Selling a diamond is rarely as fun or as exciting as buying a diamond. Sure, you’ll probably wind up with a good amount of money in your bank account by the end of it, but, as far as experiences go, it rarely ranks at the top of any list of ‘fun things to do with your time’ – unless, of course, you’re a professional diamond vendor, in which case making a sale is all in a day’s work.
But, for whatever reason, there are plenty of reasons why you might currently be navigating the complex world of the secondhand diamond market.
There are a lot of different options, and one of the more
Our rating: 2 star
The positives: it could prevent some sellers from drastically underestimating the value of their diamond, or whatever piece of jewelry they are selling.
The negatives: we can’t see it saving sellers any time or effort and, even if it did, we don’t feel that the steep commission rates set by Worthy are worth it.
Whether they want to be seen this way or not, Worthy is a little like a well-marketed, flashy, 2020s-era eBay for diamonds and fine jewelry. Established in 2014 by a husband and wife team who felt as though they were flat out of options for selling an unwanted diamond necklace.
Their solution? To create a platform that enables jewelers and other industry experts to bid on sellers’ pieces, based on appraisal and/or market value estimation made by the Worthy team.
It’s a little like the mirror-image of the online vendors we’ve reviewed (and discouraged our readers from) so much in the past, since its primary purpose seems to be wiping the bricks-and-mortar jewelry store out of the equation in favor of convenience and a (supposedly) better deal…
To get your item listed on Worthy’s website, you first have to send your item into the company’s headquarters. There, they will ‘prep’ your item by giving it a clean, and get the diamond certified by a third-party gemological lab. On their website, they specifically mention the GIA, GHI, and IGI – all very different labs, with very different approaches to diamond grading.
Sellers then stipulate a reserve price, and the item is put up for auction. The site’s ‘vetted professionals’ are free to view the listing and bid on the item. Of course, final say remains with the seller, and they are free to accept, or decline offers until they are happy.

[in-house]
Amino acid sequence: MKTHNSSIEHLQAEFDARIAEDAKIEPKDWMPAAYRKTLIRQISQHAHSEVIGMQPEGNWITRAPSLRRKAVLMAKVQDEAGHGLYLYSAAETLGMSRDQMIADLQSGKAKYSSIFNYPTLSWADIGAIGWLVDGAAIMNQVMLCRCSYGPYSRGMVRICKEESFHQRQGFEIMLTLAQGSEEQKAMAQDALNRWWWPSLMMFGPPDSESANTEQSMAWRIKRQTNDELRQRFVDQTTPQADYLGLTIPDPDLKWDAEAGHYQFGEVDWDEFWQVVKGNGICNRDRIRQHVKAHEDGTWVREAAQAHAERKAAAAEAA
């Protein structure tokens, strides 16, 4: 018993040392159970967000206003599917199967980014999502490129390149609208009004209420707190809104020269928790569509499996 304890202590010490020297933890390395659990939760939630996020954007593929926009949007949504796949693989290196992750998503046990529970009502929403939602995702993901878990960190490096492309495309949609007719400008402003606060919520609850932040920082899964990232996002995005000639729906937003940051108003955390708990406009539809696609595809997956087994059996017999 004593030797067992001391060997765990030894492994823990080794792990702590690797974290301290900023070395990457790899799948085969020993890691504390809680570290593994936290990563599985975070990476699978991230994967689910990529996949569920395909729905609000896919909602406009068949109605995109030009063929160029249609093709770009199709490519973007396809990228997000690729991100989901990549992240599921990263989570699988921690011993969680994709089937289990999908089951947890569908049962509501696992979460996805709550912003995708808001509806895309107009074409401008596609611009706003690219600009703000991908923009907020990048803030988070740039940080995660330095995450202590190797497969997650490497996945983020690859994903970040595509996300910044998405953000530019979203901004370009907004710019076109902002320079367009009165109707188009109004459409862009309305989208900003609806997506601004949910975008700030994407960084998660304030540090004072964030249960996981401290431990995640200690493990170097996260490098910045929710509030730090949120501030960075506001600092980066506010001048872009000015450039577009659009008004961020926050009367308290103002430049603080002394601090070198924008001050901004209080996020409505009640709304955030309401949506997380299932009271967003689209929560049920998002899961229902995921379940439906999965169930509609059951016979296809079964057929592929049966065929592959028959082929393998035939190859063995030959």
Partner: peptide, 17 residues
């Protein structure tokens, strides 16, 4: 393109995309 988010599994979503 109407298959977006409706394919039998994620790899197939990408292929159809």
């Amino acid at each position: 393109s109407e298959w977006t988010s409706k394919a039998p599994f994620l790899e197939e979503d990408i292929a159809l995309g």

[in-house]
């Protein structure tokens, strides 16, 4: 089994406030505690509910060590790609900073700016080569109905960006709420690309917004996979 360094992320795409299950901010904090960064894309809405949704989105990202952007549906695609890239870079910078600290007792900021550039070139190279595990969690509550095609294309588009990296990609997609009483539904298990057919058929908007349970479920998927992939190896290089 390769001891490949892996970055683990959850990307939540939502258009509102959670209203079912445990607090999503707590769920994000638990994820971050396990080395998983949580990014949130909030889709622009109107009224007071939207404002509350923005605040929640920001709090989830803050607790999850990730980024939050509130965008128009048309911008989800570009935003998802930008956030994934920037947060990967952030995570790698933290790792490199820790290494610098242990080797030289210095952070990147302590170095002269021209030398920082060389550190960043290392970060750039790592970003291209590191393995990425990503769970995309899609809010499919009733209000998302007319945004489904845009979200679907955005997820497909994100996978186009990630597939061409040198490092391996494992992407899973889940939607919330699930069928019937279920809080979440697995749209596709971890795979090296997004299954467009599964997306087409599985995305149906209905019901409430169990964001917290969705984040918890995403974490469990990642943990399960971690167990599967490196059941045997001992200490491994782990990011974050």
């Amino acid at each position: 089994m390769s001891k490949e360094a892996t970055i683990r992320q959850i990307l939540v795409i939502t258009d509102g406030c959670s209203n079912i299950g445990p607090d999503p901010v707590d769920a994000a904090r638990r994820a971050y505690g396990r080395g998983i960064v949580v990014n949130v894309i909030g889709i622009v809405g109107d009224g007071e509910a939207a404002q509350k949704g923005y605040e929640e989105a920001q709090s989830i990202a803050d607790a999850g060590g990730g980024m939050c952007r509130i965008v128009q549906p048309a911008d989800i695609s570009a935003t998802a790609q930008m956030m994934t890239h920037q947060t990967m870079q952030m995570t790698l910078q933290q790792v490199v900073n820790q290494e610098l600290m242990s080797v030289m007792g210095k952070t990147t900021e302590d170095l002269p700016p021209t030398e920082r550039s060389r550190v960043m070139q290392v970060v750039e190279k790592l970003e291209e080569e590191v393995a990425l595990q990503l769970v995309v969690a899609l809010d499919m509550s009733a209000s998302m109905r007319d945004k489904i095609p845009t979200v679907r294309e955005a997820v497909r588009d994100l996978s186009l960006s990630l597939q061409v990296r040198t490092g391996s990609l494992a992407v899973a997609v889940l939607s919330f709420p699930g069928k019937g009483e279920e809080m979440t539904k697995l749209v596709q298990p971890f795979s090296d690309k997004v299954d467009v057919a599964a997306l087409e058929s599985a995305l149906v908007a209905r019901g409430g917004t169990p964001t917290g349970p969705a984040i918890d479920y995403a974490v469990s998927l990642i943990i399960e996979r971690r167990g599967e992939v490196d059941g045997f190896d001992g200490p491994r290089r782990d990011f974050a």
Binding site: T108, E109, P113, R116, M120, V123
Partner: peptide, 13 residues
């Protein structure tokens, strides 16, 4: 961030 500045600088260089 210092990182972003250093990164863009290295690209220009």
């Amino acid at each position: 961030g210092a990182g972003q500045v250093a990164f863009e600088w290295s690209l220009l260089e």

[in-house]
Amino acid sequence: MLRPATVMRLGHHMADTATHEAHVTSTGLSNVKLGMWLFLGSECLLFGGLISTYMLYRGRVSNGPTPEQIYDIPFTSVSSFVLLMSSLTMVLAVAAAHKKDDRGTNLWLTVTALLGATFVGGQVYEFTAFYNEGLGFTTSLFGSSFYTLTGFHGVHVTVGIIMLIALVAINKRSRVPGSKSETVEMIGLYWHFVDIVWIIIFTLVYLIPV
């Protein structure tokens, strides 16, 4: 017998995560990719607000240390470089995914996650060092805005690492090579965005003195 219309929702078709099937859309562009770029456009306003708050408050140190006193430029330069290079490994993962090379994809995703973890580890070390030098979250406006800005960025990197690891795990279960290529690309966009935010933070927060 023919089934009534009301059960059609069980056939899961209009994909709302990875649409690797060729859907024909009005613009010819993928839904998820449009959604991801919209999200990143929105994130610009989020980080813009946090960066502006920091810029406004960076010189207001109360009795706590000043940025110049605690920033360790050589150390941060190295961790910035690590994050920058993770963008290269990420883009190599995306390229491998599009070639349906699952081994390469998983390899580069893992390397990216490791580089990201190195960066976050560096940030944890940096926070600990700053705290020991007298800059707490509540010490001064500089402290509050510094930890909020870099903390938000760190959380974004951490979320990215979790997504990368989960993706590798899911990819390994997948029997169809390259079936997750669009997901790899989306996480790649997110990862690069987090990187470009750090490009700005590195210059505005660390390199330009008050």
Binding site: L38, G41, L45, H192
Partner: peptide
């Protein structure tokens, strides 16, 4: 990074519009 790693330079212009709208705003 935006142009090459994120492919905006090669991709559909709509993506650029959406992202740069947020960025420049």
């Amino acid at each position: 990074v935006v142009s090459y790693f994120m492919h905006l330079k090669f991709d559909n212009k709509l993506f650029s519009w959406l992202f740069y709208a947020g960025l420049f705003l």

It all sounds relatively simple, if not a great exercise in time-saving. The whole process, including filling out the online forms, packing and mailing the item, waiting to hear back from Worthy then waiting for the cleaning, appraisal, grading and photography to be completed – not to mention the potentially long process of waiting for an attractive bid – will take significantly longer than making a consultation with a local jeweler (or even heading into a local pawn shop) and selling the item that way.
The big tradeoff is that your item gets noticed by a much wider array of professionals, rather than the one or two who would end up seeing it if you made a trip into the city to sell it yourself.
But wasted time isn’t the only downside to using Worthy. There’s also the matter of the commission…
Worthy makes its money by taking a pretty sizeable commission from each and every sale that goes through their platform. Obviously, a part of this has to pay for the grading, cleaning, and photography, and it isn’t totally outlandish, but for a seller who could pretty easily walk away with the full sale price if they were to take the traditional route, it seems like a wasted opportunity.
Worthy’s fees range from 10% (which is applicable for items that find a winning big of $30,001 or more), to 18% (for items with a winning bid of up to $5,000).
If you’re selling an item worth $5,000, then missing out on $900 represents a pretty major lost opportunity. Sure, the advantage of using Worthy over a bricks-and-mortar jeweler is that you get more exposure, and the ability to take advantage of a (possibly) competitive auction), but can you be sure that doing so would give you a price $1,800 higher than the one your jeweler would offer you?
If not, then the site doesn’t seem worth the effort or time from you.
If you are intent on selling your diamond jewelry online, then Worthy is, in our opinion, a stronger choice than a site like eBay. This is predominantly down to the appraisals they offer on every piece mailed into their headquarters, and the fact that, rather than any stranger on the internet, your pieces are receiving bids from industry professionals.
But, even then, we can’t see how sellers can have any more faith in the numbers being quoted to them than they would feel toward the numbers quoted by a reputable jeweler – also an industry professional – with a genuine interest in acquiring their piece.
But, even so – and as we mentioned above – the commission rates seem far too steep for us to see much value in Worthy’s unique approach to selling fine jewelry. Let’s say you sell a piece for $9,500. At Worthy’s commission rate of 14%, you’ll miss out on $1,330 and wind up with $8,170 – a monumentally high sum, given the original value of the piece.
Selling a piece of valuable jewelry isn’t easy – especially if you consider yourself a total novice in the industry – but understanding the basics of diamond value and, most importantly of all, knowing how to find a reputable jeweler in your area are the best ways to work out a strong and mutually beneficial deal. We can’t help but feeling the greatest benefit will always be felt by the person in a position to charge a high commission rate – sometimes as high as 22% — rather than the person who is already starting off on the back foot.